Joss Whedon is best known for his light, fluffy forays into the world of the supernatural with “Buffy the Vampire Slayer” and its follow up series “Angel”. Always a master of combining odd elements, Whedon stepped into a heavier sci-fi realm with the creation of “Firefly”, a short lived western-in-space which depicted life on the space frontier as lived by some of the less heroic elements. The show lived a sadly short life but has been partly resurrected in the form of Serenity, a movie that follows the characters beyond the television show, even if it doesn’t keep the total flavor that made the show interesting.
The basic premise of Serenity is simple. This is the kind of space ship the Enterprise would pass by without a second thought. The ship and its crew are outcasts verging on being Robin Hood types. The only real difference is that instead of stealing from the rich and giving to the poor, they steal from those who have money and keep it themselves. The honorable attempt to do right is in there though, and as a result the crew isn’t exactly living the high life, forced to a minimum of jobs.
Part of the picky selection of jobs has to do with the ship’s doctor Simon Tam (Sean Maher) and his sister River (Summer Glau) who is an outcast from the Alliance (the big government running things in the universe). As introduced in the film’s opening, at one point River was the subject of Alliance testing which has resulted in a bit of mental distress and created some psychic powers for the girl. It’s also resulted in River constantly being the subject of Alliance attention, as an unnamed operative (Chiwetel Ejiofor) pursues the fugitive passenger.
The advertising and above paragraph would lead you to believe that, like Whedon’s other big projects, the movie centers around a super powered little girl who kicks much ass and cracks jokes while doing it. Don’t believe it. While River’s storyline is at the movie’s core, this is more of an ensemble piece with the captain of Serenity, Mal Reynolds (Nathan Fillion) at the center. Mal is captain of the ship, and he doesn’t let anyone forget it, whether that means rejecting a plan by mercenary Jayne (Adam Baldwin) that involves using grenades, or reminding the ship’s doctor exactly what his sister’s place on the vessel means. Mal calls the shots throughout, just as he did on the television show, and while people may not always agree with his opinions, they respect or fear him enough to stay out of his way. Thus, while the story may not be totally about Mal, it is his character that drives the movie completely, and this allows Fillion to completely shine as the conflicted, driven character.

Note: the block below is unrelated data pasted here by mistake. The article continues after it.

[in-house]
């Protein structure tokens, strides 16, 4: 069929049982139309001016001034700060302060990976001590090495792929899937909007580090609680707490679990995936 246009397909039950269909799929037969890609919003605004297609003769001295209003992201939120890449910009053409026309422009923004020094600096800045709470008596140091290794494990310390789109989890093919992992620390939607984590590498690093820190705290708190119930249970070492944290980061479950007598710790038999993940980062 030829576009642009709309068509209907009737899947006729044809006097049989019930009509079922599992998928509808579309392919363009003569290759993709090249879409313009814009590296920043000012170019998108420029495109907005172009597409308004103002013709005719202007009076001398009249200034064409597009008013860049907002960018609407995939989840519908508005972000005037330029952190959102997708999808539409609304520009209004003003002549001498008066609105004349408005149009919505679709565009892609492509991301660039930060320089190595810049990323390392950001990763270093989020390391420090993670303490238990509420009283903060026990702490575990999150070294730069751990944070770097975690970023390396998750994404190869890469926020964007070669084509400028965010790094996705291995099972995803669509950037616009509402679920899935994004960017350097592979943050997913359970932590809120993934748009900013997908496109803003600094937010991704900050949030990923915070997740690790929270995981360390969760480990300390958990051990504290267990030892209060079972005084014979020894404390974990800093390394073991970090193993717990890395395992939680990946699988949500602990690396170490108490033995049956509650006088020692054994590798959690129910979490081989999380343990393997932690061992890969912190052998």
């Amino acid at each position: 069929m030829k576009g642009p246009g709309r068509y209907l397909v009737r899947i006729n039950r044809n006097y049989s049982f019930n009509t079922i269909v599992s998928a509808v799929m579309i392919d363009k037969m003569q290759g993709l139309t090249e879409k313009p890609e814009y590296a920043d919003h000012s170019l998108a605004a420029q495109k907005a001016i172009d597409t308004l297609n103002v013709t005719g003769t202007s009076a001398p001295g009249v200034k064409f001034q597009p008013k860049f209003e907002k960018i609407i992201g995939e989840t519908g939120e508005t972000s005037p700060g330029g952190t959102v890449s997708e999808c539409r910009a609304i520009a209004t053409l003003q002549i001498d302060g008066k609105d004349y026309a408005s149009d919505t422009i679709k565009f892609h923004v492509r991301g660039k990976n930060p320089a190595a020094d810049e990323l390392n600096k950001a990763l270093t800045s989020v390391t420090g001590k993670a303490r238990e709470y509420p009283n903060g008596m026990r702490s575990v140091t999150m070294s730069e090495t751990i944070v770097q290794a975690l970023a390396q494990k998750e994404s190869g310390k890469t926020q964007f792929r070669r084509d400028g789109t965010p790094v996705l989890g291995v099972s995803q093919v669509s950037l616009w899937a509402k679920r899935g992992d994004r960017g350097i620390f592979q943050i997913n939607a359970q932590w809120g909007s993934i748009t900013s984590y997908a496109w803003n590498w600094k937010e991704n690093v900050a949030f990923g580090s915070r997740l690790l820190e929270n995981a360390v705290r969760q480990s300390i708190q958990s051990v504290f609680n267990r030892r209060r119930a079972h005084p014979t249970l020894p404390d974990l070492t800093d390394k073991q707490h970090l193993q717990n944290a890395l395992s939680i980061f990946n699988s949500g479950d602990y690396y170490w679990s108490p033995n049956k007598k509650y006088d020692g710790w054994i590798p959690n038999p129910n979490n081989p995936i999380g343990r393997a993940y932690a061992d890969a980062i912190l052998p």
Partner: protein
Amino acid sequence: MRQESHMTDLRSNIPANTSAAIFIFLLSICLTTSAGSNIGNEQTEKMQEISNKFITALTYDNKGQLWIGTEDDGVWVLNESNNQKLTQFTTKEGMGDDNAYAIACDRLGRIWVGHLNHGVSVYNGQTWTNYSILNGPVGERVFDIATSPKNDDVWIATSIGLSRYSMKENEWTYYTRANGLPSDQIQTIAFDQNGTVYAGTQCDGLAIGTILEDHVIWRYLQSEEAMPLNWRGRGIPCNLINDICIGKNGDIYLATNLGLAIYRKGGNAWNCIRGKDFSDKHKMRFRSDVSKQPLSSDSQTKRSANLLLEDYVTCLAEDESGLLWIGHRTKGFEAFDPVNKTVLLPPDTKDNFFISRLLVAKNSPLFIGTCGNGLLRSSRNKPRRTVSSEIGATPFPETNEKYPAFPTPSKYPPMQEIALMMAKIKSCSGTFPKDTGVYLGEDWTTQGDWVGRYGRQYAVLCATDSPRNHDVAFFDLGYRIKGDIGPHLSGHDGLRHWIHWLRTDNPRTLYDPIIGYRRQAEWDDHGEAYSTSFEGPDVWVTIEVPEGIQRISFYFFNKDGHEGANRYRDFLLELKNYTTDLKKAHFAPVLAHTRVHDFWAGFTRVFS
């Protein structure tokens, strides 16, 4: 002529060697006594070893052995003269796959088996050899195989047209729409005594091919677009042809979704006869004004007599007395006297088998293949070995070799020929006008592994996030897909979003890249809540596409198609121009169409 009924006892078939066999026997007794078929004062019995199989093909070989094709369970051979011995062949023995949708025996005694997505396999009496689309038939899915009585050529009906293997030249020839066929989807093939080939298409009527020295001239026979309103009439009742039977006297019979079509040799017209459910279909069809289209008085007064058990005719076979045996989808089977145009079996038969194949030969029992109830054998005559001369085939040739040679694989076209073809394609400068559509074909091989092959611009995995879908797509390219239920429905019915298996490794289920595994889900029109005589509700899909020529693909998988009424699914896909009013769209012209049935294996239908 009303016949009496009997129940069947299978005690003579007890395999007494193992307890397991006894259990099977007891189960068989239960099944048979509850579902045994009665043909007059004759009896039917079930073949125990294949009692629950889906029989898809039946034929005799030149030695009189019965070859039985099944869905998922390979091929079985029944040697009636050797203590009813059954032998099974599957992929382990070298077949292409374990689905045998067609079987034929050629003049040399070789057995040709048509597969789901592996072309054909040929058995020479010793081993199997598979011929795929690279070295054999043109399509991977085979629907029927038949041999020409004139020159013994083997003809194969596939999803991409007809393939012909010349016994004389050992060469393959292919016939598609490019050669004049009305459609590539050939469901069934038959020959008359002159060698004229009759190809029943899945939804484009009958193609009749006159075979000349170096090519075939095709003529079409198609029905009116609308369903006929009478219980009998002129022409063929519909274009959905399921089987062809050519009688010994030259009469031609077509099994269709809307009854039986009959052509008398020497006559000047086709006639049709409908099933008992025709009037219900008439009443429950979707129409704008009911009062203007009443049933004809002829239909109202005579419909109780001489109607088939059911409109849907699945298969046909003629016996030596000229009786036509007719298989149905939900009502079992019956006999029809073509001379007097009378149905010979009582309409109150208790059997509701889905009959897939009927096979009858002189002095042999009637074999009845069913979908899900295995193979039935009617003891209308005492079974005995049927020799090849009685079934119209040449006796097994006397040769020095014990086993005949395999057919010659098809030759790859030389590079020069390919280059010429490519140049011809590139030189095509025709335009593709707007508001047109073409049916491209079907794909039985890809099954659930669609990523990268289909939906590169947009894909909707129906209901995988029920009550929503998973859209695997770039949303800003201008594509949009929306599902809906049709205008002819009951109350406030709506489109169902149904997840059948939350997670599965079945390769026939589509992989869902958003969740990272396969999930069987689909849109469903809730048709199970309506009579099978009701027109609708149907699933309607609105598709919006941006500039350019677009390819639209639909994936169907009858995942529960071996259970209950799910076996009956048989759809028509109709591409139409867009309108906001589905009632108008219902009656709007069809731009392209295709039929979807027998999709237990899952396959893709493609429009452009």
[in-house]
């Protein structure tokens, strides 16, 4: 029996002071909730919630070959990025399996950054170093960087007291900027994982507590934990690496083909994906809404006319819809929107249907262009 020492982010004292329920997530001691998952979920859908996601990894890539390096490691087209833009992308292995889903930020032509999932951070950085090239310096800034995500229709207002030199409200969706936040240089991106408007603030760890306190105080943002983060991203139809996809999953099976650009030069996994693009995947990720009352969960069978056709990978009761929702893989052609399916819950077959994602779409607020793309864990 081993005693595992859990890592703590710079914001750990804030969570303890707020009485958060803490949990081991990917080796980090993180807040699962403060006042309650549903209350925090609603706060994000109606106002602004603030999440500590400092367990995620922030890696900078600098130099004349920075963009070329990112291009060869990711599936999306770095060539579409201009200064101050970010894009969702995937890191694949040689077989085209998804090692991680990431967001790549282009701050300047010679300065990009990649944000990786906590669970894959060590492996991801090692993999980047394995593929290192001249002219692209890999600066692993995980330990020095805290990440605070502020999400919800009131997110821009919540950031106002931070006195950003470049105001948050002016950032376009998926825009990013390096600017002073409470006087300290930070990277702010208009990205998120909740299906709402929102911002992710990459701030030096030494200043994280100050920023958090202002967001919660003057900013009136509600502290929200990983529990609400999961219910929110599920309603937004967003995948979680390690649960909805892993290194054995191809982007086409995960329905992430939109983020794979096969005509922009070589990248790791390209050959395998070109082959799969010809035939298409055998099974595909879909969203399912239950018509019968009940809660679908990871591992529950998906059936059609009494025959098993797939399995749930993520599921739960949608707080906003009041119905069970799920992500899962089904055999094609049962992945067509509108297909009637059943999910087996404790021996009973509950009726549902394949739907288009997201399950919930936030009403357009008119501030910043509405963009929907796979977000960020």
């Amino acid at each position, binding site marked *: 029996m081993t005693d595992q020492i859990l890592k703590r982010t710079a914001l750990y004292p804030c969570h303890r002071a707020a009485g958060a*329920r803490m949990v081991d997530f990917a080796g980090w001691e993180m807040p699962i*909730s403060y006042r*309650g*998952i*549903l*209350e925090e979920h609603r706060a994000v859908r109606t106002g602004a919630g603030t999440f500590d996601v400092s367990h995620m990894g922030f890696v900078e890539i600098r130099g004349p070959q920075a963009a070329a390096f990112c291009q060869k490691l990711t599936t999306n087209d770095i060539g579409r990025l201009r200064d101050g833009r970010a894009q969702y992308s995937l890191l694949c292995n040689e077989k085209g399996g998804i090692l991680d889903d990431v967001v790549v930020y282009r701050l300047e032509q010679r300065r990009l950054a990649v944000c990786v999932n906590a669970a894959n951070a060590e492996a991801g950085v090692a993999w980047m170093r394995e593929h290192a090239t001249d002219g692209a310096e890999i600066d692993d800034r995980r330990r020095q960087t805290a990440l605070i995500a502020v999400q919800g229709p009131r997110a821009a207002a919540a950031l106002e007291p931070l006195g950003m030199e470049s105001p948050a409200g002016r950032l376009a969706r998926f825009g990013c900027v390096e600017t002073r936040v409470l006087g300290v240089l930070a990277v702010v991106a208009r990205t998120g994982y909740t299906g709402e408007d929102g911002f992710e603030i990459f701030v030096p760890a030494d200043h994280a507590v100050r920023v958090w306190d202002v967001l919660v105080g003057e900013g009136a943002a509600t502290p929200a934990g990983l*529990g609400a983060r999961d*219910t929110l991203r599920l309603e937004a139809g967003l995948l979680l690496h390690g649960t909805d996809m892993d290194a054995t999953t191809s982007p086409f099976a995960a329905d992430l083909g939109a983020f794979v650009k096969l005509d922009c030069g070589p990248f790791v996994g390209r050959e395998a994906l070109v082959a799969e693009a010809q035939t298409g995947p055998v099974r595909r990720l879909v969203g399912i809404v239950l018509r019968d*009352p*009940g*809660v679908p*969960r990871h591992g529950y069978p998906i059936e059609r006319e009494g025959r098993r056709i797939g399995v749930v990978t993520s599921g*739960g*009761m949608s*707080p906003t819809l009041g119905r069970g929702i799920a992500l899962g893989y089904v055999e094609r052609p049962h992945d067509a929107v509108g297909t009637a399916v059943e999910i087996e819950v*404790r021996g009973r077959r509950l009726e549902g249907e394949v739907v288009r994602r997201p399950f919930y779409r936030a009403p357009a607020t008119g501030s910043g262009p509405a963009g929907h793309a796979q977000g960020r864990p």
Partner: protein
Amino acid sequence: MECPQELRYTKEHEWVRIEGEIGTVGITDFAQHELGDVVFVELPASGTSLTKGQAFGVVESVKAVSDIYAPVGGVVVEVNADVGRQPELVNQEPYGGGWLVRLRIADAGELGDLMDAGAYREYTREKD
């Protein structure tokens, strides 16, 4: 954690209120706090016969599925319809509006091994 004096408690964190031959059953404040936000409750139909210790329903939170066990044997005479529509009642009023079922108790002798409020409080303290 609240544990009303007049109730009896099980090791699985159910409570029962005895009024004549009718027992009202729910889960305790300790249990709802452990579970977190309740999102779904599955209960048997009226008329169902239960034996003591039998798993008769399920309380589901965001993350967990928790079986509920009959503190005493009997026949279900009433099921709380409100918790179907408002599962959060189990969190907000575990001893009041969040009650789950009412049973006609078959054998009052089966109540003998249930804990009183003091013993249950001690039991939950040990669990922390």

For Serenity, Whedon steps away from just being a writer and, for the first time theatrically, sits down in the director’s chair. The result is something that’s not quite the normal theatrical experience, but a step above Whedon’s usually excellent television work. Whedon is a director who’s willing to accomplish more with less and take a few chances and that shows on screen, sometimes not as successfully as he would like I’d wager, but still it shows. For instance, we are introduced to the crew of Serenity and the locations on board the ship itself as Mal makes his way through the ship talking to each member of the crew during a not-so-graceful landing. Here’s the thing though: starting on the bridge, winding to the engine room, the medical lab, and finally the cargo bay, the entire five minute long sequence is one continuous shot. It’s this kind of brilliant trust in cast and crew to do their jobs that makes memorable movie moments instead of feeling the need to cut a film every 5 seconds, thereby keeping the editor and director in charge of things. Whedon had a vision when he created Serenity, and by playing both writer and director, that vision comes across as a delightful treat on screen.
The only real disappointment with Whedon’s vision is a sacrifice that had to happen in converting what was intended to be a television series to a two hour big screen film. Much of the universe’s deep wealth of atmosphere is gone. Absent is the twanging soundtrack that reminded us we were in the space equivalent of the western frontier. While the accents remain, gone are a lot of the parallels with the old west, leaving newcomers to the franchise a bit confused. When “Companion” Inara (Morena Baccarin) appears, her character is not very fleshed out, leaving many to wonder what a “companion” is: is it a simple hooker? Given how she acts and how she is surrounded, is she a priestess of some sort? That sort of detail that made the television show so rich is notably absent to those who fell in love with it, fortunately it's only missing for those viewers and people who didn't see the show should be able to pick up on Serenity's ideals easily, only missing a rich background they won't even be aware of. Still, some Serenity is better than none at all, although I still wish we had gotten more of Sonny Rhodes’ stirring Ballad of Serenity than the ten seconds or so that appears at the last of the end credits.